Real estate has gone from frenzied to frozen, which in Romania has triggered project cancellations, falls in sales and stalled construction works. Some players are keeping an optimistic eye on the future, while others say we haven't seen the worst of it yet. Like any other downturn, the first real estate downturn in Romania after eight years of continuous growth is also a learning process.
So what does this low in the real estate cycle teaches players on the Romanian market?
This is maybe the first true bubble of the capitalist rebirth of the Romanian economy since December ‘89, says Lucian Danilescu, partner with Zamfirescu Racoti Predoiu Law Partnership.
“I think the lesson that should be learned is a decrease in the appetite for risk, on an insufficiently mature market, which is very debt-dependent and which doesn't have any actual appraisal and estimation mechanism,” Danilescu tells BR.
“As for services related to real estate, and I refer especially to legal services, another lesson we should learn is to decrease our dependence on a single field […]. Many law firms have developed disproportionate real estate departments compared to the rest of the business, and now they are seeing the results of such trend,” he goes on.
The lawyer thinks the market is in the crisis stagnation stage, with a slow, but constant decrease in prices. “If the market does not recover fast in the next period, in my opinion, an actual downturn will follow,” Danilescu forecasts.
Turning to residential projects, he sees buyers becoming more mature. Before purchasing a property, they will thoroughly analyze the existing offers and go for the best price and quality. Now buyers can impose certain conditions on developers, which probably would not have been accepted one year ago, he continues. “Nevertheless, I do not think one can say that we are facing a total lack of purchasing resources, but rather a prudent attitude from potential buyers/investors, who do not want to buy until the market has stabilized,” Danilescu concludes.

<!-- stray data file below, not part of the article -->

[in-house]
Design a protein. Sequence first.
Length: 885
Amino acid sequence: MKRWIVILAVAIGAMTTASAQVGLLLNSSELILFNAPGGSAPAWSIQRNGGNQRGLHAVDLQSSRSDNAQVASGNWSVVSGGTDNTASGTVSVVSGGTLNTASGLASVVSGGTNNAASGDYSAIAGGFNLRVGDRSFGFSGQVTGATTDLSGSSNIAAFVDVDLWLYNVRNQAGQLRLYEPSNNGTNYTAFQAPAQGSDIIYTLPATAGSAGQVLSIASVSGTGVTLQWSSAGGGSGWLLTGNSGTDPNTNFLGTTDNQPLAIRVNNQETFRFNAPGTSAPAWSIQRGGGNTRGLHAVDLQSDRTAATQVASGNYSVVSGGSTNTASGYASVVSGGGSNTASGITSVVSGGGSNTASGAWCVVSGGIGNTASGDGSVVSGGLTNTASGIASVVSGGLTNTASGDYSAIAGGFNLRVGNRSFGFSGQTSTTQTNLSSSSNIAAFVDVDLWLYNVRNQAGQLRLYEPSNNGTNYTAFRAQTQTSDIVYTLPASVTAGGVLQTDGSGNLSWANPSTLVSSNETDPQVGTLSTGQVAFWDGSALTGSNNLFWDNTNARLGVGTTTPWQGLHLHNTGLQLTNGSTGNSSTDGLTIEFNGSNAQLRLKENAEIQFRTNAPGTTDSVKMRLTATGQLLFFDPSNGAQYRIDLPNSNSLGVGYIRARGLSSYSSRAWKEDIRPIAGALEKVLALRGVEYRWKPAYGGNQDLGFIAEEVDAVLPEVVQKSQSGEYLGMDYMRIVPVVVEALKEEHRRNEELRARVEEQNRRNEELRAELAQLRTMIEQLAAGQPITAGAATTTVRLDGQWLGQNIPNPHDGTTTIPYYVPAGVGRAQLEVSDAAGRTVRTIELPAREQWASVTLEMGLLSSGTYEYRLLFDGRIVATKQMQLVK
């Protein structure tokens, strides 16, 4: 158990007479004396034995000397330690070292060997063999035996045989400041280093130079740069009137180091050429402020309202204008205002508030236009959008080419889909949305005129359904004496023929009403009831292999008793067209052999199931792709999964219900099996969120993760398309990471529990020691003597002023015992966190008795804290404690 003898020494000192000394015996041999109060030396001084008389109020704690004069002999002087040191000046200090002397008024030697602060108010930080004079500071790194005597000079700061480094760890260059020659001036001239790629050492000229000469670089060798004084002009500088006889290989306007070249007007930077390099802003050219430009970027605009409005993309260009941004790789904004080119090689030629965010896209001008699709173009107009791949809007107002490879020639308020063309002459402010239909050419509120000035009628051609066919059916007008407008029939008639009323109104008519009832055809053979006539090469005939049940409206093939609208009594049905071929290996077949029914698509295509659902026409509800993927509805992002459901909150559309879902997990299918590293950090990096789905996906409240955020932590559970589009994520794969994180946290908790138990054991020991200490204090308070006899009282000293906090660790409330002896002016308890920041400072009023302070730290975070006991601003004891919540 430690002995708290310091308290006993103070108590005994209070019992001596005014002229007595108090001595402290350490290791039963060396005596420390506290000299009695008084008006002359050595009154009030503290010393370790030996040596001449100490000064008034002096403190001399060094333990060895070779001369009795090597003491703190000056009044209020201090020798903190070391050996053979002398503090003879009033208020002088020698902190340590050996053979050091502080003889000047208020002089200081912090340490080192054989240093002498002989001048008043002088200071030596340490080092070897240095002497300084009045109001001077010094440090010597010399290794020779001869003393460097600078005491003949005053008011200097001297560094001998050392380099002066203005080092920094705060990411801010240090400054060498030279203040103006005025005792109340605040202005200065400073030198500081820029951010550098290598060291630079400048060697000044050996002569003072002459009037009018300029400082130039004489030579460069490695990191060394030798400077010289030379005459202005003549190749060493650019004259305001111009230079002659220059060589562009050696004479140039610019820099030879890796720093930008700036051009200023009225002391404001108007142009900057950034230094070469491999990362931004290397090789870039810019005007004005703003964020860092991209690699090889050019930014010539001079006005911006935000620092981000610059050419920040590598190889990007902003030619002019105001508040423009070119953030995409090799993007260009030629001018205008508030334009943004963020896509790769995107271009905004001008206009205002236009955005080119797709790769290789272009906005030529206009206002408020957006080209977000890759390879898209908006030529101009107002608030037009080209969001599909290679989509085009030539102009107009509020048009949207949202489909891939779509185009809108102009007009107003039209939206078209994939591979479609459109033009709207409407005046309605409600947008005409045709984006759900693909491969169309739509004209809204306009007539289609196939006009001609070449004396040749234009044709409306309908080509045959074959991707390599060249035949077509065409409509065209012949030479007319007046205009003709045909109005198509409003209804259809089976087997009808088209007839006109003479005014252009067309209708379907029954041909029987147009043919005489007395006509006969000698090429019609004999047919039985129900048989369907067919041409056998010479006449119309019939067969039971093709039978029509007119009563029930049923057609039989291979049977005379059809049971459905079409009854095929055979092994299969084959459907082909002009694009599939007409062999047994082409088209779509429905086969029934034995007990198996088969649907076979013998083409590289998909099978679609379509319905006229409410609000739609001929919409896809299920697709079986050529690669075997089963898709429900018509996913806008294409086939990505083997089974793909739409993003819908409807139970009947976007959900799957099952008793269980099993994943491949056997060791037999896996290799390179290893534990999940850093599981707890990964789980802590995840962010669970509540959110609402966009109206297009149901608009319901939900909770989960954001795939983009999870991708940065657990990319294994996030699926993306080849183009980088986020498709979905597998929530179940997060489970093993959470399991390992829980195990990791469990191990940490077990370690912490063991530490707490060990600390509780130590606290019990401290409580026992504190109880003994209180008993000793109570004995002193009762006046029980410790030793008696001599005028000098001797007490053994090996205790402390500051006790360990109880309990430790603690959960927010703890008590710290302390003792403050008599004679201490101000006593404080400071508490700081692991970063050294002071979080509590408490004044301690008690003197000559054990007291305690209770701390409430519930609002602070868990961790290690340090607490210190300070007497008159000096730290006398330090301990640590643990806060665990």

We all have a lesson to learn, individual and banks alike: “live within your means,” says Jonathan Youens, managing director of Creativ Global Property. Individuals should learn how to ask questions and take independent advice. “Pay for independent advice if necessary. If buying property, research and get to know the market. Do not make a decision on false promises. If making an investment abroad, go and see it. Don't borrow too much, make sure you can afford your mortgage. If buying an investment property, make sure that you have a fund to cover your finance payments if the rent stops being paid for a reasonable period while you re-let the property,” Youens says.
Companies should learn to take advice from properly qualified professionals and pay realistic fees, Youens goes on. He also says banks and financial institutions should make sure not to repeat the mistakes of the last 30 years. “It was so common in the UK during my career in London to see a major property crash and then a few years later the banks were back lending money to those who lost money in the last crash and history repeated itself,” Youens goes on.
“The economic downturn is of course because of the global situation and largely not of Romania's making. Although it is interesting to note that the residential market had slowed almost to a halt before the large public announcements by the banks in Europe and America,” he says.